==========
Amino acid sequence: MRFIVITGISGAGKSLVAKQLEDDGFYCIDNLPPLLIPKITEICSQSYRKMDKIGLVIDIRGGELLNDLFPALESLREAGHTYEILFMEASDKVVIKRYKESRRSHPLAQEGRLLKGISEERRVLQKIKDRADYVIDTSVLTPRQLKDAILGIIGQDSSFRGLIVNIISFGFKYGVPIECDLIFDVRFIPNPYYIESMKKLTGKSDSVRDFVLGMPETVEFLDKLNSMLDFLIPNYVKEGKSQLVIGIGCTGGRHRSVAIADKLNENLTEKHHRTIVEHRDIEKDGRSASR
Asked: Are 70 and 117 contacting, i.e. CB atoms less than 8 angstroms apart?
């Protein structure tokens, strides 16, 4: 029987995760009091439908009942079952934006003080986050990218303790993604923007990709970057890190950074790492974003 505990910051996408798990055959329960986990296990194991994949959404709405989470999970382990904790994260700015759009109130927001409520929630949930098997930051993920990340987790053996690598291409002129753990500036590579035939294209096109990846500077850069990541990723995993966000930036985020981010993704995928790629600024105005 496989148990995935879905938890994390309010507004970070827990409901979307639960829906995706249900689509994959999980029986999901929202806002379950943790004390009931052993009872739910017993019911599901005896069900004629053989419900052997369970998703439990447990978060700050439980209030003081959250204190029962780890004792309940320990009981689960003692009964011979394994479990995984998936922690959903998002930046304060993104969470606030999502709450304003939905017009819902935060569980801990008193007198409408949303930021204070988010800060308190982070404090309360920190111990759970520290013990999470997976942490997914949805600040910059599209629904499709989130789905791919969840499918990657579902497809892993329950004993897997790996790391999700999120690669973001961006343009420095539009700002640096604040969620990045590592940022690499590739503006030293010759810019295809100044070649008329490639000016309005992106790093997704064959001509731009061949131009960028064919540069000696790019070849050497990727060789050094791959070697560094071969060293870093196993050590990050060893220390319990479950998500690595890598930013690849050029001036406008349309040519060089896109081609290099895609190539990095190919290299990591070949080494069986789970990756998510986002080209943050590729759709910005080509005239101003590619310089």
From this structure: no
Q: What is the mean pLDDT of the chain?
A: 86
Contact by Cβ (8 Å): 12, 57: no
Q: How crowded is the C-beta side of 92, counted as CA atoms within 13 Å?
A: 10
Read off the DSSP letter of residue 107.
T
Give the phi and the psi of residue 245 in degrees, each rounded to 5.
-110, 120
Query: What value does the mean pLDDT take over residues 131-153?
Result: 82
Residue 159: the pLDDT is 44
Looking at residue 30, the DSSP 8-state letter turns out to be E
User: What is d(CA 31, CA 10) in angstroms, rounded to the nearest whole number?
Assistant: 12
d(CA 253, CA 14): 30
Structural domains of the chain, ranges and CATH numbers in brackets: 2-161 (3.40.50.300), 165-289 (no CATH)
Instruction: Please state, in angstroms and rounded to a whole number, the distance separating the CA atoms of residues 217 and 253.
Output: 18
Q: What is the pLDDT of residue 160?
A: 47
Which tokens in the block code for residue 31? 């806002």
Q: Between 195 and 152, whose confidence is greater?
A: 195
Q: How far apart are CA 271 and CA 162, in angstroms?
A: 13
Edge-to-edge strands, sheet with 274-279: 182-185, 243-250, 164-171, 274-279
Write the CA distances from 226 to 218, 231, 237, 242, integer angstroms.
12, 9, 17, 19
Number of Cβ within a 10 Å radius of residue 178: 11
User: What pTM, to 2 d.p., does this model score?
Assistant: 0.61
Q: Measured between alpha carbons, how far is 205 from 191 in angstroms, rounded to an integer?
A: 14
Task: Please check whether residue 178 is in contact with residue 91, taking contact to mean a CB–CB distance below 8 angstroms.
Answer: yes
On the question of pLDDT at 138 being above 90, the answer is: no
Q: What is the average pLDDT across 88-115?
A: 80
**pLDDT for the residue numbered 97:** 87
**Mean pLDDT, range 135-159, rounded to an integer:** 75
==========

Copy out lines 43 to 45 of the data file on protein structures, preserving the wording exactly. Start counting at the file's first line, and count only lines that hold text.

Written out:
A: 80
**pLDDT for the residue numbered 97:** 87
**Mean pLDDT, range 135-159, rounded to an integer:** 75